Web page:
Anna (Jessie Buckley) and Ryan (Jeremy Allen White) are truly in love with each other. And they have evidence of their sentiment: they possess an “In Love Certification” from the “Love Training Institute”. Unbeknownst to Ryan, Anna takes a “love instructor” position at the very same institute. She quickly becomes a doting worker convinced that she can help couples of various ages, races and sexualities connect with each other (or disconnect where appropriate).
The Institute was set up by a middle-aged man called Duncan (Luke Wildon). He takes his work very seriously, having divorced his wife three years earlier upon failing the Test that he designed himself. The technique is highly unorthodox. A caring love instructor removes one nail from each applicant and then inserts them into a large microwave-like device embedded on the wall. A “100%” reading reveals that their bond is genuine and reciprocal; “50%” means that love is unrequited; “0%” means that there is no love at all. The removal process is far from romantic. A love instructor pulls out their fingernails with pliers, leaving the lovebirds screaming in agony. More Reservoir Dogs (Quentin Tarantino, 1992) than Love, Actually (Richard Curtis, 2003). This is the romcom of your worst nightmares. You will never look at your lover’s fingernails in the same way again.
The Institute carries out a number of “training” activities before the ultimate litmus test. The objective is to foster romanticism, and ensure that partners are indeed devoted to one another. The whole place has a white noise emulating rain (because the sound of rain is romantic). The problem is that the noise of water is also conducive to urination, confesses a worker with a hyperactive bladder. Clients are encouraged to sing in French because “la langue française est très érotique”. Other activities include diving together while gazing at each other in the eyes, and even parachuting, in order to improve their sense of mutual trust and complicity. All in the name of goo ol’ fashioned romance.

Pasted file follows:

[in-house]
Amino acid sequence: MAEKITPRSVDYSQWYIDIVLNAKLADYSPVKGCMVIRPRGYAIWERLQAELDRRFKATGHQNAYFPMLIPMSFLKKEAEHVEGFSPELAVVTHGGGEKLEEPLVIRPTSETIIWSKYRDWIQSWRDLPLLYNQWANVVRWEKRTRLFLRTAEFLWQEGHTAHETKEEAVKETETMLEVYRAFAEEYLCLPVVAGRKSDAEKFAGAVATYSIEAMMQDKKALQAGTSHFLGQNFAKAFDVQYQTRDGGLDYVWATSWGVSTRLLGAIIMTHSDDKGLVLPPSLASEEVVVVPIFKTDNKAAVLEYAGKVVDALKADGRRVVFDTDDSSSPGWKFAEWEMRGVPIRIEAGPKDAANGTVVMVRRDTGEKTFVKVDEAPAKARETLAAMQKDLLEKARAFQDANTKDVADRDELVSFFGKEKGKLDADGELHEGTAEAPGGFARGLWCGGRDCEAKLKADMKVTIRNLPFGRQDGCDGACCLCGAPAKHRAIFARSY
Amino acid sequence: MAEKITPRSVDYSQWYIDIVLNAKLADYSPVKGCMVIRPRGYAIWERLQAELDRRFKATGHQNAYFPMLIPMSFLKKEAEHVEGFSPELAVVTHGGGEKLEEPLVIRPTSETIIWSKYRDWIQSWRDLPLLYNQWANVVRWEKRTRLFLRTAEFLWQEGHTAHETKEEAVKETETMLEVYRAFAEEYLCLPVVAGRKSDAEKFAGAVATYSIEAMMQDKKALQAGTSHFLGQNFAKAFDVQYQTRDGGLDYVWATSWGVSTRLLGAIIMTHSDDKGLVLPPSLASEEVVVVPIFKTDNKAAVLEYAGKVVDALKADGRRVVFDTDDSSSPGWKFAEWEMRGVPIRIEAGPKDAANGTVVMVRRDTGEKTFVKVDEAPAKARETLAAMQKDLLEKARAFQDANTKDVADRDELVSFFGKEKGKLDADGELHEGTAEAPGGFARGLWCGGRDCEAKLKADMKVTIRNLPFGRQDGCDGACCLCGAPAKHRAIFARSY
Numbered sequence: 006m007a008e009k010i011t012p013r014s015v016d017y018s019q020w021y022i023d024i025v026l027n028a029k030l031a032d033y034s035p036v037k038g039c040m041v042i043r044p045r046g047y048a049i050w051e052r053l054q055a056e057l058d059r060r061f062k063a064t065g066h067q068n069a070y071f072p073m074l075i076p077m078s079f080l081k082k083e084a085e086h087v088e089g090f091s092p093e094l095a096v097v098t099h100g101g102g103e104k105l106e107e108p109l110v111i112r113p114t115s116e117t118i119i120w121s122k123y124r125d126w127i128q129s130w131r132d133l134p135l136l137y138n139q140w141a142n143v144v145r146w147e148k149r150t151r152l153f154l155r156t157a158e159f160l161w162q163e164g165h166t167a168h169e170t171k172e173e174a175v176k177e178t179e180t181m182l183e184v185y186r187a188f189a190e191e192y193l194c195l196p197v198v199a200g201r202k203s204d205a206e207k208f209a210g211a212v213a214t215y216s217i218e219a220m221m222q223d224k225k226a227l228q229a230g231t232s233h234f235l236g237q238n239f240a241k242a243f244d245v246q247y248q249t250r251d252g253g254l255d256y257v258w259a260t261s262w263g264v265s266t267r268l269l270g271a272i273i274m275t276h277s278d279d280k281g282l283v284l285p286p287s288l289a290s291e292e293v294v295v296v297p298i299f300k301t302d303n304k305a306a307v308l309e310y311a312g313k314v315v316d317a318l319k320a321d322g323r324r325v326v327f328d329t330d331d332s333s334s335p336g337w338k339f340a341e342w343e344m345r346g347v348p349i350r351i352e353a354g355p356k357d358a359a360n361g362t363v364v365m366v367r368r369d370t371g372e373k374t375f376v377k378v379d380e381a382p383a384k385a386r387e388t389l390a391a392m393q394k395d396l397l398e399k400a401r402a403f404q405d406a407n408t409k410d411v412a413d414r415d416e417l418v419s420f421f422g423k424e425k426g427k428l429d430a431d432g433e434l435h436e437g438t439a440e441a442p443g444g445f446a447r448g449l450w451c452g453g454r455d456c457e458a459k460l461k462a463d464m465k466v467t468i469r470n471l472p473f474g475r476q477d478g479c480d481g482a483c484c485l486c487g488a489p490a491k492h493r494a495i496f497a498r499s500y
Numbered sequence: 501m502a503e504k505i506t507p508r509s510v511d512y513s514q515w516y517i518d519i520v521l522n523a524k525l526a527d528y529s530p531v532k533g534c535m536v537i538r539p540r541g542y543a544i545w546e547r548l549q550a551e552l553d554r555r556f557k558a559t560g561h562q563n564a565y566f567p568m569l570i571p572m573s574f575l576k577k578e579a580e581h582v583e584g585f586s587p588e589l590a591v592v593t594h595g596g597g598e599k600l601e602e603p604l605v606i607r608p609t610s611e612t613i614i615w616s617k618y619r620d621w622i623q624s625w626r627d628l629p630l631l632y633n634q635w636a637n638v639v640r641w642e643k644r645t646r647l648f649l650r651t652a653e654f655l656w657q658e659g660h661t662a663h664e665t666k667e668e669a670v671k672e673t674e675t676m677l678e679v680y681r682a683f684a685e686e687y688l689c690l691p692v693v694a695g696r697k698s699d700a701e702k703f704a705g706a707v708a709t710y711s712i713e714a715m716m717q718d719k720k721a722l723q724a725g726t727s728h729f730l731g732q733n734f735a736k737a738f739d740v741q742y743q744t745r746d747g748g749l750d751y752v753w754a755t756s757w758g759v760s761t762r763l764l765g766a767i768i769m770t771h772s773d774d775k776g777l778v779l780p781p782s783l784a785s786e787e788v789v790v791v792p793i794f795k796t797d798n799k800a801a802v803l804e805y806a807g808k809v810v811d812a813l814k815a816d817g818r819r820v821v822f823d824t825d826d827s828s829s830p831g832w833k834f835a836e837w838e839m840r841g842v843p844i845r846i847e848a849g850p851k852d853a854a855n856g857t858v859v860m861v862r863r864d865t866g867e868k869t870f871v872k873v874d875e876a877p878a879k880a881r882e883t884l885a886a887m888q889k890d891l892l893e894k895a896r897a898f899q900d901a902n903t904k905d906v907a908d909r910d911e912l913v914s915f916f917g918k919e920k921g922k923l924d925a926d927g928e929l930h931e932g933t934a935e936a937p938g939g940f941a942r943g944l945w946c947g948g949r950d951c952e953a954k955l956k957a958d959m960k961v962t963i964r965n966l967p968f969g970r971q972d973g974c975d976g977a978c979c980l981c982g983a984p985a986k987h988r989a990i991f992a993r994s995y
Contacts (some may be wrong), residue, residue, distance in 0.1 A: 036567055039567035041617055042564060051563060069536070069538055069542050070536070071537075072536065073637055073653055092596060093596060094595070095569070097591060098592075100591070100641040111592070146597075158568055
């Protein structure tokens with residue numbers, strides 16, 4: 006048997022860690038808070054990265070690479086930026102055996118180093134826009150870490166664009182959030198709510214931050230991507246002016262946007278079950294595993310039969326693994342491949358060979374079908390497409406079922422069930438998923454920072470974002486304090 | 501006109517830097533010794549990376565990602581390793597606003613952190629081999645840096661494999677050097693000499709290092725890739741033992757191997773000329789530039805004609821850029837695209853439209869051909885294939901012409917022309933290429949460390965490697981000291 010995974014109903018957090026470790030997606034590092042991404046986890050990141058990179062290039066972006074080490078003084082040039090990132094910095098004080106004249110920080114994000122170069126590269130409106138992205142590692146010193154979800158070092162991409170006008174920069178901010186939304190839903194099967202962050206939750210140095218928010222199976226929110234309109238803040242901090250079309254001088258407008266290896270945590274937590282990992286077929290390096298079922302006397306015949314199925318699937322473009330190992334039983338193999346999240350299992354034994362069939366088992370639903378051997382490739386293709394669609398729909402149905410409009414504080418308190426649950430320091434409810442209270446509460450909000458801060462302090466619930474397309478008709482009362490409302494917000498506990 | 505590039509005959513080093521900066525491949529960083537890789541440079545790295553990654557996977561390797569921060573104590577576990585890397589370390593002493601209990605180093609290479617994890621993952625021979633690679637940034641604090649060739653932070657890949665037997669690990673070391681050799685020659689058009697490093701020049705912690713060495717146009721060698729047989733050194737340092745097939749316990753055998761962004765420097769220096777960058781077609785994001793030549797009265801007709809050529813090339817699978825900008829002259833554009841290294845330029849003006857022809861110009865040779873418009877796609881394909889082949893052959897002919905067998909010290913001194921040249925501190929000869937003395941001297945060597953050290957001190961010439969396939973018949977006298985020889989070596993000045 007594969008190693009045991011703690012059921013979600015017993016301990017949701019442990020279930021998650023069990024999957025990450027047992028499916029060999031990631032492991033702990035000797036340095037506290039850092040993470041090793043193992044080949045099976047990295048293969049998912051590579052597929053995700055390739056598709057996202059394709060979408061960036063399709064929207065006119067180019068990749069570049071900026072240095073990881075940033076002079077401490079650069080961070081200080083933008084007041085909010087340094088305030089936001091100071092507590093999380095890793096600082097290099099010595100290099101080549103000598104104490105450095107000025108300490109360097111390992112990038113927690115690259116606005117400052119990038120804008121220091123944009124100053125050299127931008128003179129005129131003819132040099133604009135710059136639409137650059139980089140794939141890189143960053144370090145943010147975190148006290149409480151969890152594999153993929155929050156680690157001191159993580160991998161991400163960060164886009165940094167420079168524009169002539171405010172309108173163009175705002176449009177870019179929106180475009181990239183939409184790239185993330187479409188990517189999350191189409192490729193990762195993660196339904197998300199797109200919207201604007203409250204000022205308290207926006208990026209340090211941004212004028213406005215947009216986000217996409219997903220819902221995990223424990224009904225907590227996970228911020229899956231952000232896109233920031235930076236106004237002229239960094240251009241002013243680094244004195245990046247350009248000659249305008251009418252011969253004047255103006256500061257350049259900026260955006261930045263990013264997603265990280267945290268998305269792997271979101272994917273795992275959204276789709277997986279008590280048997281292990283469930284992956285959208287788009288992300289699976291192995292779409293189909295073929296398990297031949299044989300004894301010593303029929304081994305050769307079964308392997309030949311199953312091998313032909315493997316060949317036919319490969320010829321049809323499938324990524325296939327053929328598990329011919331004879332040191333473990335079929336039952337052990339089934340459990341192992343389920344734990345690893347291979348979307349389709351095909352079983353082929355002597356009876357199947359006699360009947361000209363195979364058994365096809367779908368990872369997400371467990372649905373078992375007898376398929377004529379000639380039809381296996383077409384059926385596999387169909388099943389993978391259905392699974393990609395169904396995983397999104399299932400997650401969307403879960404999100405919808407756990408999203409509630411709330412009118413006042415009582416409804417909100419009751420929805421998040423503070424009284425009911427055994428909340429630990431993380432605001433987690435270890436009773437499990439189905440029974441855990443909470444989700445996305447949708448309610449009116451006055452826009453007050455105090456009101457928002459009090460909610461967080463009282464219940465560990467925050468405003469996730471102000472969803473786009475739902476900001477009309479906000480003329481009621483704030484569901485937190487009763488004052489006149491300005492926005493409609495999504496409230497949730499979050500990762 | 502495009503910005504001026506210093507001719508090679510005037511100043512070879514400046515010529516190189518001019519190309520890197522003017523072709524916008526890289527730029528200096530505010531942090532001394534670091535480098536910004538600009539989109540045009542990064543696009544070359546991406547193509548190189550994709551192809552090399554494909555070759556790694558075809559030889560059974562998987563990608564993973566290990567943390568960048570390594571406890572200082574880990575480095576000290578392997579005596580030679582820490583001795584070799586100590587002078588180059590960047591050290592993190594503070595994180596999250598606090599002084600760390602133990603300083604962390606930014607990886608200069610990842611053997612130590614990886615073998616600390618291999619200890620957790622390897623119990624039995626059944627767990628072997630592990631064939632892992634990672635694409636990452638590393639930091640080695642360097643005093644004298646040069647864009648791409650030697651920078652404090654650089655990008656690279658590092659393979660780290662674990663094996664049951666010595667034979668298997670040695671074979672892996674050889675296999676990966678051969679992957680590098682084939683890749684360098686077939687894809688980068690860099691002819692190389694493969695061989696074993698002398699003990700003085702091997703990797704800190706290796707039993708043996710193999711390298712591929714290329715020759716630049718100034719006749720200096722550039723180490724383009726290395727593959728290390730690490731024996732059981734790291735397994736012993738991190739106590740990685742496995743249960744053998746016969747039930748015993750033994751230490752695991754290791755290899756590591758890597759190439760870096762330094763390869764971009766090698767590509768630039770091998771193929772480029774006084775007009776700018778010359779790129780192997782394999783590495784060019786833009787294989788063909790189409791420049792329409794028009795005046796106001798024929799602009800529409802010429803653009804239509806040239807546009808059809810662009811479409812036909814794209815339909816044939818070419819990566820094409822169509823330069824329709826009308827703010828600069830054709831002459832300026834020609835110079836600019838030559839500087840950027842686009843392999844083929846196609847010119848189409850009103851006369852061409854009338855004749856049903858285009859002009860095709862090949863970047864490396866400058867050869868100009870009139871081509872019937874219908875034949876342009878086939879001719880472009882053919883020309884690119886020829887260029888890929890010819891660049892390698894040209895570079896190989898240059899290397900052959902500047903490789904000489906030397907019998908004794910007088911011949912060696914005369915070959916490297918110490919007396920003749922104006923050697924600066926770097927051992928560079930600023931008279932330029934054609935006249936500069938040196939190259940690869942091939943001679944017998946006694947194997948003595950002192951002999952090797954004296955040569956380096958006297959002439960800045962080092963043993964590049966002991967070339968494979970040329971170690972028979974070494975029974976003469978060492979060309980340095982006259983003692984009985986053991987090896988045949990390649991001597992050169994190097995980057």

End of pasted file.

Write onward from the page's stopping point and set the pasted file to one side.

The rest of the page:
Love instructor Amir (Riz Ahmed) is quiet and stern. He carries out his professional duties with precision, but does not seem to enjoy a meaningful relationship with his partner Natasha. Amir and Anna are allocated to work together, and they begin to develop a bond that could morph into something a lot more wholesome. Their seemingly mutual, suppressed attraction is the main pillar of this unusually sore and yet mostly conventional romcom. Greek director Christos Nikou’s sophomore feature is fun and enjoyable to watch (if only you cover your eyes in the most graphic sequences). But it’s also highly formulaic and predictable, with a lukewarm ending. A little ironic for a movie that sets out to prove that love cannot be measured, structured and mechanically devised. I bet Nikou would fail the controversial Test of his own creation (he penned the film script himself, alongside two co-writers)!
Fingernails premiered in Competition at the 71st San Sebastian International Film Festival, when this piece was originally written. In cinemas on Friday, November 3rd.